The Fung campaign disavowed any responsibility for the tweet of a volunteer. What else can he do? So that leaves someone else to defend the right of a fair political comment. My turn in the barrel.
First, some context, last Sunday it was reported that President Barack Obama said in a New Yorker interview, some people "really dislike me because they don't like the idea of a black man occupying the Oval Office.” The President also said, "Now, the flip side of it is there are some black folks and maybe some white folks who really like me and give me the benefit of the doubt precisely because I’m a black president.”
I think that is a perfectly reasonable thing to say. I think the President’s remarks were overall correct in a general sense, and I don’t think his using the word “black” in and of itself was racist. I don’t think suggesting that some people are proud this country has a “black” or non-white President as a reflection of our triumph over racism and as a celebration of our nation of opportunity for everyone, is a bad thing either. But some felt, that in that statement, the President was implying that those who did not support him or his policies,“non-blacks” if you will, might be racist. Am I being over-sensitive?
I have heard and seen Democrats and Obama supporters claim that those who do not support the President’s policies are racist. Conservatives bristle at this, and are contemptuous of it. They fight back, often wryly and sarcastically.
The “offending tweet” was mocking the perception that the President’s had implicitly correlated his approval ratings to his race. That’s actually sort of a good post racial thing, isn’t it?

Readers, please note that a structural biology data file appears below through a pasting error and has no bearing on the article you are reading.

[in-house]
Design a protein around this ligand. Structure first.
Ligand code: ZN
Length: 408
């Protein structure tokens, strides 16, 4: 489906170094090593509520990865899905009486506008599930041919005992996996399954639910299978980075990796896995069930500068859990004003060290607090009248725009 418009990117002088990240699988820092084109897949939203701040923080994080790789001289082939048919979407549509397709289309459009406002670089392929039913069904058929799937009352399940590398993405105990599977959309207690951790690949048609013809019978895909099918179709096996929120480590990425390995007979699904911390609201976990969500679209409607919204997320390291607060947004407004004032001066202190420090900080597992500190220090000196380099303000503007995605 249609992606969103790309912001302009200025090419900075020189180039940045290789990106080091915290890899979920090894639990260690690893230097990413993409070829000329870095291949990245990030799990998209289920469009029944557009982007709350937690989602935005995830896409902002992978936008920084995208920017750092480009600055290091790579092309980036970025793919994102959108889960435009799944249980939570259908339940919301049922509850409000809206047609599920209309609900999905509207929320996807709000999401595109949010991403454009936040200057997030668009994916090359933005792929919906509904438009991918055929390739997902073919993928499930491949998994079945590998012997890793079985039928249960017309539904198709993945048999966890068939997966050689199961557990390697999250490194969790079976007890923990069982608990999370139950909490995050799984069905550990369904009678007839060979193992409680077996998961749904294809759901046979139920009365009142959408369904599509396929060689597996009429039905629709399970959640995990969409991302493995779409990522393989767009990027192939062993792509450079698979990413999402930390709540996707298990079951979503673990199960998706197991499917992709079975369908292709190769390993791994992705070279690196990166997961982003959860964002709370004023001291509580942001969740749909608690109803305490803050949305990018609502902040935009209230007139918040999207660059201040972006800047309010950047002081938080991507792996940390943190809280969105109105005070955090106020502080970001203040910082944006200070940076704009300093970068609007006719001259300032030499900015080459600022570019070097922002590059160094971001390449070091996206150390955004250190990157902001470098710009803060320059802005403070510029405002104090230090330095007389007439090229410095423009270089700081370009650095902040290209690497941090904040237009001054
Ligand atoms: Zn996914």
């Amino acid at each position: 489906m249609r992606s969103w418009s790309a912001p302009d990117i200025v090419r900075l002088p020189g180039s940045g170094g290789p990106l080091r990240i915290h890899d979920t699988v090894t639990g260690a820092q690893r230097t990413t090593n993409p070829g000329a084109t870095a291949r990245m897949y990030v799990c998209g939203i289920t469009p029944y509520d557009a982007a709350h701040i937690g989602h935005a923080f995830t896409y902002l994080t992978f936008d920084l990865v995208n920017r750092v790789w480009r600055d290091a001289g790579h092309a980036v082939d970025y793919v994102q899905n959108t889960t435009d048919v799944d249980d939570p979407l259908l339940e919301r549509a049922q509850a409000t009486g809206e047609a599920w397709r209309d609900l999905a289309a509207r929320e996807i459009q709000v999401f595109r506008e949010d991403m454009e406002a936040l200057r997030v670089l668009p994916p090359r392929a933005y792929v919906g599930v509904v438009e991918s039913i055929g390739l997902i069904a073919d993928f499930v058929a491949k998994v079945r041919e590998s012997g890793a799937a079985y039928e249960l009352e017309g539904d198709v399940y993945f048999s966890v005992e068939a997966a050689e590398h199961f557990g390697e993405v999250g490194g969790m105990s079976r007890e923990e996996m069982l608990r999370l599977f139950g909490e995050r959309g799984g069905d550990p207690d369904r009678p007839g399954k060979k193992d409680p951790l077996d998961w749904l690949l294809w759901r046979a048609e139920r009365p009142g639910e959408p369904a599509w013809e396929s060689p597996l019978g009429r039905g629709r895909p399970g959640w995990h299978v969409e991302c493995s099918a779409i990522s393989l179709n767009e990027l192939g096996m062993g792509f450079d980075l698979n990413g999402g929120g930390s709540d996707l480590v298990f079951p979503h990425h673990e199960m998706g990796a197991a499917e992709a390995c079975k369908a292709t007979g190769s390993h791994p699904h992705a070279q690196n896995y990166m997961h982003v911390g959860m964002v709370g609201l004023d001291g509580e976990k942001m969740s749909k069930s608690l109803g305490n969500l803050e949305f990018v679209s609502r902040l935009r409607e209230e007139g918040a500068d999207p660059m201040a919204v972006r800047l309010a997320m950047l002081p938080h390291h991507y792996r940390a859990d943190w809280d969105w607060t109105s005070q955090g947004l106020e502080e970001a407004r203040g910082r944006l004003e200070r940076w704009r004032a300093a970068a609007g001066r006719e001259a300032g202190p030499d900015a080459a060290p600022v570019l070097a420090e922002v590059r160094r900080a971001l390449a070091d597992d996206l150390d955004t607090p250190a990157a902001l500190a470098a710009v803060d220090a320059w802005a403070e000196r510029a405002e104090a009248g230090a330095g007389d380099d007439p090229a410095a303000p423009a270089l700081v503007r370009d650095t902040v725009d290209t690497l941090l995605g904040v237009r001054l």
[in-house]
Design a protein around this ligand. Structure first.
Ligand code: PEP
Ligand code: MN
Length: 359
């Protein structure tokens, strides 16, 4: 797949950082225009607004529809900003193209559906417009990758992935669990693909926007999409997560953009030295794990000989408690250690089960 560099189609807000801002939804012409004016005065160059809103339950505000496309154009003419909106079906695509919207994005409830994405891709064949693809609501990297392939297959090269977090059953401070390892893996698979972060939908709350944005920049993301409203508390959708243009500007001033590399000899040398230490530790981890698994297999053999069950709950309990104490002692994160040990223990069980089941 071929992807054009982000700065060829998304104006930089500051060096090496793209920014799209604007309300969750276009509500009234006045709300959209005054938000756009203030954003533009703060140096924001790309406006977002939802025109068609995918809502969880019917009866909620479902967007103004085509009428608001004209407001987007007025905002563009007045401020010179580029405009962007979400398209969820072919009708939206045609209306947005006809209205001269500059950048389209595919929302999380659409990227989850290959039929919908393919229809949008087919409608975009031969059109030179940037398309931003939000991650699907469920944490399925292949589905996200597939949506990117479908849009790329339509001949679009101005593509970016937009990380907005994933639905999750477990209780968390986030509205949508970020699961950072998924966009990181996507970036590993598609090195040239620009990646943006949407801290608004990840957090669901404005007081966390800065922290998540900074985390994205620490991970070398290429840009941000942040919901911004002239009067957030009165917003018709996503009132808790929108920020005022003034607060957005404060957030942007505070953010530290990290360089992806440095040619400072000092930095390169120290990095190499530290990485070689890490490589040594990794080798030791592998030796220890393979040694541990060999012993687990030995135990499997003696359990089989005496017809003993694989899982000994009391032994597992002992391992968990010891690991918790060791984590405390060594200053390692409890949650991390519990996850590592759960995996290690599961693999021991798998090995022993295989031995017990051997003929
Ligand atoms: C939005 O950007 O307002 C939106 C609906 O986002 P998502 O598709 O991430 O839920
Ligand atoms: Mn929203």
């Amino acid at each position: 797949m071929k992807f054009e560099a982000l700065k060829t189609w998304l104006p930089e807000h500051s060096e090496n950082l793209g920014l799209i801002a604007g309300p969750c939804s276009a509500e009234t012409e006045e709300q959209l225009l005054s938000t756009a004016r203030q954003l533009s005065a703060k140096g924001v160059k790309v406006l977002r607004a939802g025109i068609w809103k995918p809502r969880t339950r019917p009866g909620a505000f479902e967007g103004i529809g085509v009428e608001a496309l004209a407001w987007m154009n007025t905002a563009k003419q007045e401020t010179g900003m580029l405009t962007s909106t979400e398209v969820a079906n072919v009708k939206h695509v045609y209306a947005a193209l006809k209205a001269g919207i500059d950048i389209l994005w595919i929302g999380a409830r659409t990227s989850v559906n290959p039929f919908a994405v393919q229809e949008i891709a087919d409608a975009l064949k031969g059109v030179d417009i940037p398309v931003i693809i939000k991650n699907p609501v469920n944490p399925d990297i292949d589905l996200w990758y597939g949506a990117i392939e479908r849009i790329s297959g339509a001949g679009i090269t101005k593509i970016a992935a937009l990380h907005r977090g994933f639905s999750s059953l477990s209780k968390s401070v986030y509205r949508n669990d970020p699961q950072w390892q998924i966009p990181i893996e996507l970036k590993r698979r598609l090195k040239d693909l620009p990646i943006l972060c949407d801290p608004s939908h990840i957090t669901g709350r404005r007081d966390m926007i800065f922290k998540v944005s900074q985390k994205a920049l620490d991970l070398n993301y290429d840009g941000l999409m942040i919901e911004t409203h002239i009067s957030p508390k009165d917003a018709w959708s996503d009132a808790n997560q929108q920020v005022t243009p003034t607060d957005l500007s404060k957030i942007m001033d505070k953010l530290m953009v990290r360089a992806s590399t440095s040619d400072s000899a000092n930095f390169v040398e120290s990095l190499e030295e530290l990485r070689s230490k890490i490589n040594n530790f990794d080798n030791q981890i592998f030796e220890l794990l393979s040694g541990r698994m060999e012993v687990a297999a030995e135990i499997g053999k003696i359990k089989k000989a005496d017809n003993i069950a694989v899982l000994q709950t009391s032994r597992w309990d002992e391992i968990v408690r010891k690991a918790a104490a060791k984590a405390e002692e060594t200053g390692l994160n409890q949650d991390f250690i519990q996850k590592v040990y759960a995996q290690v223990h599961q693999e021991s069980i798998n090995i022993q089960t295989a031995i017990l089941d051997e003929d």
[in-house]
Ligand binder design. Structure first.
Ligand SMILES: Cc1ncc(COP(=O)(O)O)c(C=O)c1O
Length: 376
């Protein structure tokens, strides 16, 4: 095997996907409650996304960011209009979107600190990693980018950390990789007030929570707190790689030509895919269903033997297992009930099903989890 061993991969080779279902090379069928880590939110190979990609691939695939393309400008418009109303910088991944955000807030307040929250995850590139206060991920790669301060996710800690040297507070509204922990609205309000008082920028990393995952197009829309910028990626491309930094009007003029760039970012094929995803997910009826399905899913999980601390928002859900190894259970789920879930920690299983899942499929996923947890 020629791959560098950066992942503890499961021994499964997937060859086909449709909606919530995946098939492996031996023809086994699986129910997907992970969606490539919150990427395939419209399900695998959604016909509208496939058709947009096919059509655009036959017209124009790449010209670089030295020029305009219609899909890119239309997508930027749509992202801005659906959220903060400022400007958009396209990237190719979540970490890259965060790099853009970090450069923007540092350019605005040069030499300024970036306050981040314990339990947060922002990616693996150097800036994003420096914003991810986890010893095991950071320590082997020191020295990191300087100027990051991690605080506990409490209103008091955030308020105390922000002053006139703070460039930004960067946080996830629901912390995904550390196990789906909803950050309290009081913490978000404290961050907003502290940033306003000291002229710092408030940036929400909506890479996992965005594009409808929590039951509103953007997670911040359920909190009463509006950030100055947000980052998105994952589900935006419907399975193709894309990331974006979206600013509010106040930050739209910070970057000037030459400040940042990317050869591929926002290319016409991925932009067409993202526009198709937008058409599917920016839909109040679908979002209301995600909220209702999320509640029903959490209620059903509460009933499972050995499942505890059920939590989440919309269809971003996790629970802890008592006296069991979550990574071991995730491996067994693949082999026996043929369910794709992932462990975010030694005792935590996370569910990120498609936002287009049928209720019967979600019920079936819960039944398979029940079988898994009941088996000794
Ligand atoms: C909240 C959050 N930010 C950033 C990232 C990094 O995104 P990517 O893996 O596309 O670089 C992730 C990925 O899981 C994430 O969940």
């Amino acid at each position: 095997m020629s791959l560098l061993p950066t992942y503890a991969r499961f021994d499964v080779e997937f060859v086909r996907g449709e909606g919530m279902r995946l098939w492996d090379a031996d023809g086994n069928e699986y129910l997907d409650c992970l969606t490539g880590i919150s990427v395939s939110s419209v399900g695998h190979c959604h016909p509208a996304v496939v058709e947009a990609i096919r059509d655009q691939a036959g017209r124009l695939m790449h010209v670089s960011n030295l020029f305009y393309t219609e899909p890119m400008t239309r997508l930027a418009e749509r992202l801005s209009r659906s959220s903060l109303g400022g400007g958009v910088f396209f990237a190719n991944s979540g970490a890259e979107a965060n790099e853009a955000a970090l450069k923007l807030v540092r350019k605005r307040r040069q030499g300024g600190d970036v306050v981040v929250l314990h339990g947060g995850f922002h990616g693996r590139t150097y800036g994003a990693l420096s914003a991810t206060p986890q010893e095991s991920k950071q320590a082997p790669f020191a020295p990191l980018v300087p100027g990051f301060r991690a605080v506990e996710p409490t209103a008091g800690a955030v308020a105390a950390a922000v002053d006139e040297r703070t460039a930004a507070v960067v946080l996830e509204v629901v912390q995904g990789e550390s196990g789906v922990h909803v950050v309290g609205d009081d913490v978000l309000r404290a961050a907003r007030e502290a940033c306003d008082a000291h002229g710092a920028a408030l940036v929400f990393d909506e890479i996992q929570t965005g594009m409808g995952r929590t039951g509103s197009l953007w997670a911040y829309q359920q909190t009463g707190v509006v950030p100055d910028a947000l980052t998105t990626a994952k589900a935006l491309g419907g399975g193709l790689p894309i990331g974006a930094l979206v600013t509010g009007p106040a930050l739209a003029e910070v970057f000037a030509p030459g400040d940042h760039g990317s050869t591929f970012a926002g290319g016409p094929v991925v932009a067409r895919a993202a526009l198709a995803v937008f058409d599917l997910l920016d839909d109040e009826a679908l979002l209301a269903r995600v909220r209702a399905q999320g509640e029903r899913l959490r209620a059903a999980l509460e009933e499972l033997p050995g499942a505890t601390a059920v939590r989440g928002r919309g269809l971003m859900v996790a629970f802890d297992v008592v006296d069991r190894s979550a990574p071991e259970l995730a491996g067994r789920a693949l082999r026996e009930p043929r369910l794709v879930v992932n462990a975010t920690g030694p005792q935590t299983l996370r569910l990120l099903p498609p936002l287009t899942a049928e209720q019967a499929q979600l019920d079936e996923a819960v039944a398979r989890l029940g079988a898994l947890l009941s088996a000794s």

No less reflexive was the response of Jim Vincent who GoLocalProv reported as “with the RI NAACP.”( psst..He’s the president of the NAACP-Providence)
"When people talk about the President, I don't know why they have to mention his race -- what does it have to do with anything? I find it surprising that someone would mention his race in conjunction with his performance. It's inappropriate," said Vincent. "It doesn't help anyone's campaign to have someone who said that associated with them."
When the President talks about the American people, he doesn't have to mention his race either. But when he does, I am not searching for the opportunity to call him a racist; rather, I try to hear what he really means. We elected him President, twice now. But he did talk about race and he did so in a way that suggested some of his “non-black” opposition might be racist. Well, conservatives who feel they have articulated their policy disputes clearly, have a right to retort.
Ray Rickman and Jim Vincent were reflexive in their condemnation. Given this tweet was from a young volunteer and was obviously wry, sarcastic and sardonic, and given it was responsive to the President’s own remarks, they could have shown some forbearance. Instead they effectively blasted a young person as a “racist” and did so in print.
Ray Rickman and Jim Vincent are community leaders. I expect them to know when not to take the bait. I expect men of stature and power to know restraint.
But Rickman also called on the Fung campaign to remove the volunteer from the campaign. Not only is the young woman to be called a racist, but she is to be discouraged in her exercise of political rights, according to Rickman.
Maybe Rickman should write the President a letter and instruct him when he may and may not use the word “black.” Maybe the President should not campaign for the Democratic nominee in 2016.
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